I'm writing a Windows Forms app (2.0 framework), and I'm running into a strange bug.
In my form, when a particular exception is thrown, I have a catch block that is supposed to log the error, inform the user with a dialog box, and then close the form by calling this.Close(). The first two steps work fine, but this.Close() doesn't do anything. My first thought was that I must have an event handler that is setting e.Cancel to true, but after thoroughly checking the code, I couldn't find one. Also, I had not overridden the form's OnCancel method.
During the process of trying to track down the bug, I wrote an override for the form's OnCancel method and set a break point in it. At the beginning of OnCancel, e.Cancel is already set to true. If my understanding is correct, the override should run before any event handlers, so that seems to rule out the possibility of this problem being caused by an event handler that I missed somehow.
In my OnClosing override method, if I set e.Cancel to false, the form closes fine, and my program works as I intended it to, but I don't want to fix it that way. There is obviously some code that is creating an unexpected side-effect, and I want to understand what's going on rather than resorting to "digital duct tape."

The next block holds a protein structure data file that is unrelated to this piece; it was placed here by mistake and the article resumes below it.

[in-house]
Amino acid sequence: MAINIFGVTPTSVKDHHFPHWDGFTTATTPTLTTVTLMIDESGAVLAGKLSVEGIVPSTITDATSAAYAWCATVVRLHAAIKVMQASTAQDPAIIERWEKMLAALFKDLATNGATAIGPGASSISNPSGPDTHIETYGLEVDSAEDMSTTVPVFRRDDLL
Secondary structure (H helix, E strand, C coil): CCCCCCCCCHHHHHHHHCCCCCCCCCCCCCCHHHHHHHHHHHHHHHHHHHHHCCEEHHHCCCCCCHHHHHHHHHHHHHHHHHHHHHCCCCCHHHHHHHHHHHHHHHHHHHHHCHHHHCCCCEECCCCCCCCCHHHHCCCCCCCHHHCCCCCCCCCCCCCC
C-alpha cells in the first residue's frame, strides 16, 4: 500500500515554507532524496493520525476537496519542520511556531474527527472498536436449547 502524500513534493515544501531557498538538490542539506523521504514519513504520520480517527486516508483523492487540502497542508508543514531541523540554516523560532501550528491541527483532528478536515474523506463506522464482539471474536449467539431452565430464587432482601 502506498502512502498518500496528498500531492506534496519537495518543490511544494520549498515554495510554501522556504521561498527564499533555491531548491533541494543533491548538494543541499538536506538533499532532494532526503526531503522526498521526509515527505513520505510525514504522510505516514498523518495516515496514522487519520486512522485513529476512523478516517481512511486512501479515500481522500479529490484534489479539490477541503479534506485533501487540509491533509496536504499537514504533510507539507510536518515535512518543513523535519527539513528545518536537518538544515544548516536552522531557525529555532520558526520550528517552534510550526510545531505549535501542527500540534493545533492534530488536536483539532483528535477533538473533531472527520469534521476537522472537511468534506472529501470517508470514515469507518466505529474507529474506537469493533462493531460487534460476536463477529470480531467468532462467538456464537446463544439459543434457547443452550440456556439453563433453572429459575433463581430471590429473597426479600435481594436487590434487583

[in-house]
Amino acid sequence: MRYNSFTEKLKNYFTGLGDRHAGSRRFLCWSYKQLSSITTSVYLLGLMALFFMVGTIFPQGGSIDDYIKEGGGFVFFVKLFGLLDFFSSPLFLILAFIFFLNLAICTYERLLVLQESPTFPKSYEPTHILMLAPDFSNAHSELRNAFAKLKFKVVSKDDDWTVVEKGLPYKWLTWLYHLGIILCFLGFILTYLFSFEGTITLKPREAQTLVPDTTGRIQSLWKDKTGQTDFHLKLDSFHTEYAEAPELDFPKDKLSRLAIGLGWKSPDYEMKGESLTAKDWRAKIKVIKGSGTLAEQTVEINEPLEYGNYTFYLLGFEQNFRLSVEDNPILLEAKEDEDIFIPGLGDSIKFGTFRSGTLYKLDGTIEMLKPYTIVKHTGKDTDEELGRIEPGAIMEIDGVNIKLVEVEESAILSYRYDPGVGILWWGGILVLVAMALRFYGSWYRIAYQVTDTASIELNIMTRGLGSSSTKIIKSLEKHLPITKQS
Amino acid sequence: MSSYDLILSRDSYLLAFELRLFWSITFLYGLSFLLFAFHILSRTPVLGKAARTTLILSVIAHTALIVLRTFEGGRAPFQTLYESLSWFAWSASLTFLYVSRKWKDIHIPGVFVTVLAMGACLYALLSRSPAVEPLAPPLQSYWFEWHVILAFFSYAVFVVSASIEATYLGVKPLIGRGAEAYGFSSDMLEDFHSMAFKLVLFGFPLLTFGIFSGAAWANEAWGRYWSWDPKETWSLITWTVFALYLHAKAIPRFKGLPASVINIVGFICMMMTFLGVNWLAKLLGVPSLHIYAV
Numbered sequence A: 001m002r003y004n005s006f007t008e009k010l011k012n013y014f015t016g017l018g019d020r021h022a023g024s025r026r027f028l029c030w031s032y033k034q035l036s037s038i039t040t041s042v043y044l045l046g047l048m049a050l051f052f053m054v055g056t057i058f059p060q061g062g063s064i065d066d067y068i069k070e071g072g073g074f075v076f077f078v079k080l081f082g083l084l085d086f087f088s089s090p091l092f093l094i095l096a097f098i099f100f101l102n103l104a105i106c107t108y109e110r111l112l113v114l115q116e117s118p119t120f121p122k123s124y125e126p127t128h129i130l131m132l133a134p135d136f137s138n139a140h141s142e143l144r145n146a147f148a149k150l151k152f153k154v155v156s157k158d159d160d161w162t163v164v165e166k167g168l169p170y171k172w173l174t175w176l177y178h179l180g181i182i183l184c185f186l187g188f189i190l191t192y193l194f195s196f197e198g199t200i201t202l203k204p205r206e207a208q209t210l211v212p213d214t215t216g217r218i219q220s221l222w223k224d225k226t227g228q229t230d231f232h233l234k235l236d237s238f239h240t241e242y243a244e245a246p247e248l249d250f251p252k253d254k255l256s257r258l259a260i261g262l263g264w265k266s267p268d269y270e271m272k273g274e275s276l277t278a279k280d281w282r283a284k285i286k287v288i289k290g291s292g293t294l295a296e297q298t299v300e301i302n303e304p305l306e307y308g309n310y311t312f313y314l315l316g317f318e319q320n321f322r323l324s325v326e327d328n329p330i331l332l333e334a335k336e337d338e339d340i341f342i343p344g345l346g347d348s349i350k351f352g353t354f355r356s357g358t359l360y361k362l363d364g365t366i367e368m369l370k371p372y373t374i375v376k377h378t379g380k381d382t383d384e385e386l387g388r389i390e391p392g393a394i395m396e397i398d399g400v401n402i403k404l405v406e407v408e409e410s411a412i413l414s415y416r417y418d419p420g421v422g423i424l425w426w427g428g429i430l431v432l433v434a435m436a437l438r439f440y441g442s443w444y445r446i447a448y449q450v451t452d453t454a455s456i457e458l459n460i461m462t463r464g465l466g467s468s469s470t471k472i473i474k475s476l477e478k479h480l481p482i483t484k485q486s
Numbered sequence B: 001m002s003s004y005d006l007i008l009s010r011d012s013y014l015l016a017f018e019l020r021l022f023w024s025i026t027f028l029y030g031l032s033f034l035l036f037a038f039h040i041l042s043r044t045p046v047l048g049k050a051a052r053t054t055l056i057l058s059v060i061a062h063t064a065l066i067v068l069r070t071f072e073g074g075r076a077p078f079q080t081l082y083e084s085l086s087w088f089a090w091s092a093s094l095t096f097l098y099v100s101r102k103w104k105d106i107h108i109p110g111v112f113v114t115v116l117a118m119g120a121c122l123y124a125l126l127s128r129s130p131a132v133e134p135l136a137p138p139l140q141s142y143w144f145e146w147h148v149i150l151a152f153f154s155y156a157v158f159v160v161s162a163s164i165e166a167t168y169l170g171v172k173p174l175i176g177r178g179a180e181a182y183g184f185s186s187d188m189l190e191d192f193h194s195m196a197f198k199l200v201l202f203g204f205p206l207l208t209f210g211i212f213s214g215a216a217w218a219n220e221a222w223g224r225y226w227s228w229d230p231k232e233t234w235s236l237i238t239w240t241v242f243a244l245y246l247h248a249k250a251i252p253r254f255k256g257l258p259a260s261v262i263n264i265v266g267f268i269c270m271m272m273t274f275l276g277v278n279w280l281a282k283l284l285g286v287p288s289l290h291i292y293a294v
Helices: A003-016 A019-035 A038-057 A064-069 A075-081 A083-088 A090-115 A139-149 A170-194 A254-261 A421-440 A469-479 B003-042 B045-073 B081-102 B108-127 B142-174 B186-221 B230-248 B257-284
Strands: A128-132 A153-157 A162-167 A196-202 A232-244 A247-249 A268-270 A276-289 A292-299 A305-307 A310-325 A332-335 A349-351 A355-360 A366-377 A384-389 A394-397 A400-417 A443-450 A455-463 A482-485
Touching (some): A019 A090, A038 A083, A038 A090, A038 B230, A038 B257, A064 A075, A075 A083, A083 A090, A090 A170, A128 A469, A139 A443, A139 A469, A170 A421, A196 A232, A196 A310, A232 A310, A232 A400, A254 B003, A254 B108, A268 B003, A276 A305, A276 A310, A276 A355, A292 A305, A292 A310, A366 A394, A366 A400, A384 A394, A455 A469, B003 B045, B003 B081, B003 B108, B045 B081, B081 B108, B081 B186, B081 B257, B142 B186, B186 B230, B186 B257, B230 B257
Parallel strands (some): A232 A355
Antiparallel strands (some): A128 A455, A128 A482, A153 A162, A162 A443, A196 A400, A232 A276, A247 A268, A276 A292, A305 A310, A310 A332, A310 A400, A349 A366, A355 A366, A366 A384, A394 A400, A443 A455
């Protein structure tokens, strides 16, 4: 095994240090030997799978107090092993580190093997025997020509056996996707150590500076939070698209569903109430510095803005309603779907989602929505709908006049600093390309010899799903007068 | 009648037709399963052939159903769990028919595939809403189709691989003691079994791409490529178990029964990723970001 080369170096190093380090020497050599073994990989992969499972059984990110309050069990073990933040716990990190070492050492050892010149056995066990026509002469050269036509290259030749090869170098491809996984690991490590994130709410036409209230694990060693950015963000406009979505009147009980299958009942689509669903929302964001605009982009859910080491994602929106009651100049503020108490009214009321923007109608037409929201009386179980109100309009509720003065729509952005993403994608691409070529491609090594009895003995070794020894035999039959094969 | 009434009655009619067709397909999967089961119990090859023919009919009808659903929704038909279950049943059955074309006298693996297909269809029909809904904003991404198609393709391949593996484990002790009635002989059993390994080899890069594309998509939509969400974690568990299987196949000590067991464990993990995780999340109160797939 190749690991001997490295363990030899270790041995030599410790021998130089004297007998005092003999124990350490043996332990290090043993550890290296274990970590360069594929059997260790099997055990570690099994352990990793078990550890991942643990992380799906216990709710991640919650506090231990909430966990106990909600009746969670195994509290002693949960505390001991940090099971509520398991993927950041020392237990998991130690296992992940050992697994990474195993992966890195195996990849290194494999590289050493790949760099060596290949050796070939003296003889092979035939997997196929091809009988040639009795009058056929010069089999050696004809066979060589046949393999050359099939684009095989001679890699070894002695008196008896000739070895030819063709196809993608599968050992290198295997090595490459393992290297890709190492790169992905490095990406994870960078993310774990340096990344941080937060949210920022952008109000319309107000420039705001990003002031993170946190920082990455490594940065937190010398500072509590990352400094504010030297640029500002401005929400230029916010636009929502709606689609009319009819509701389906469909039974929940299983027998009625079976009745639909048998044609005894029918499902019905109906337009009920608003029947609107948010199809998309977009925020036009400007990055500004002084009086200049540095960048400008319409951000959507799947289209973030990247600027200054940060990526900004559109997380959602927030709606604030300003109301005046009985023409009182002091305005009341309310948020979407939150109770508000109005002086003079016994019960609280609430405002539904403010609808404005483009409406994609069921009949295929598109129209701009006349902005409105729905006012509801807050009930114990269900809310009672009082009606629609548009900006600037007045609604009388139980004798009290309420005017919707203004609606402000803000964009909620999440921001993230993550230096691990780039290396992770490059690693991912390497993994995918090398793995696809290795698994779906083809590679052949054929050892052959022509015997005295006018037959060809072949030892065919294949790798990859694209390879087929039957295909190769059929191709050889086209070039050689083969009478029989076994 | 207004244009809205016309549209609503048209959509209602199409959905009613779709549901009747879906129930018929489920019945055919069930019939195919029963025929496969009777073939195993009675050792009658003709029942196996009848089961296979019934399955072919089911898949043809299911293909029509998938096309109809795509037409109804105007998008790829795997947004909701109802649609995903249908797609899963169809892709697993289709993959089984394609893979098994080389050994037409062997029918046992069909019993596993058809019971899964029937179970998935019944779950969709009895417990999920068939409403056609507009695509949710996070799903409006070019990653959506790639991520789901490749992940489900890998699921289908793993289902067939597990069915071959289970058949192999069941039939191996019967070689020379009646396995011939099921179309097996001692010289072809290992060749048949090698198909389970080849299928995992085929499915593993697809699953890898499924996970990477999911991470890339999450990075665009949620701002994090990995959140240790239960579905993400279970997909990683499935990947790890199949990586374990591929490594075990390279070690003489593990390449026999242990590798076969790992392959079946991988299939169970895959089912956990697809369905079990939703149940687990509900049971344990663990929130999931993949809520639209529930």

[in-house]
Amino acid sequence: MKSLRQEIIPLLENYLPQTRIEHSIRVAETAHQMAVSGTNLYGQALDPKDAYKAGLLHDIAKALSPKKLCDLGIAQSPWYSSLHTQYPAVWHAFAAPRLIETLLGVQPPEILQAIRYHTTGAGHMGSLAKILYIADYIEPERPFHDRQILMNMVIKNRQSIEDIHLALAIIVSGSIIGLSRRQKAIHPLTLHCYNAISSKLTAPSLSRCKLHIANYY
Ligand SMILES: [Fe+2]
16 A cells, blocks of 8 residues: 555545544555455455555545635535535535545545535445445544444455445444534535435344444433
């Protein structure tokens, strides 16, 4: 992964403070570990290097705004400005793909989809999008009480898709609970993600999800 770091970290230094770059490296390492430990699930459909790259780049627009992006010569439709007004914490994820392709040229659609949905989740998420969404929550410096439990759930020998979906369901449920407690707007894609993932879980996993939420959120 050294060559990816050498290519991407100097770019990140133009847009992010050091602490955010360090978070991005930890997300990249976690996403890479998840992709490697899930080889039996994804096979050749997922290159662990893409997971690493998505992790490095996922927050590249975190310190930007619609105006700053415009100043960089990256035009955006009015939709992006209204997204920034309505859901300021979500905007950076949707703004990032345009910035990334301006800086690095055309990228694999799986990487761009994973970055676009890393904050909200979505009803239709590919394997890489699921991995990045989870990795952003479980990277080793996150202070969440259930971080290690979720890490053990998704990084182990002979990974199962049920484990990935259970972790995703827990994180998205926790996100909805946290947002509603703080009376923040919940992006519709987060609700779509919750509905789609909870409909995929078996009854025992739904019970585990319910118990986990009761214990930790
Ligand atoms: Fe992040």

It seems like the framework itself is canceling my form closing. Are there any situations where the framework would do that?
I created a small test project and was able to recreate the error on a much simpler form.
If you would like the recreate the situation so that you can see what I mean, try this... Create a form and add a textbox (I assume other controls would work too). Have your form handle the text box's Validated event, and within the handler call this.Close. Now override Form.OnClosing() and set a breakpoint in it.
Now run the program, type some text, and tab out of the textbox so it validates (I guess you'll want to add a button or something so that you have some other control to tab to.)
At the beginning of OnClosing, e.Cancel will be automatically set to true This is what I'm trying to figure out. Why is that happening?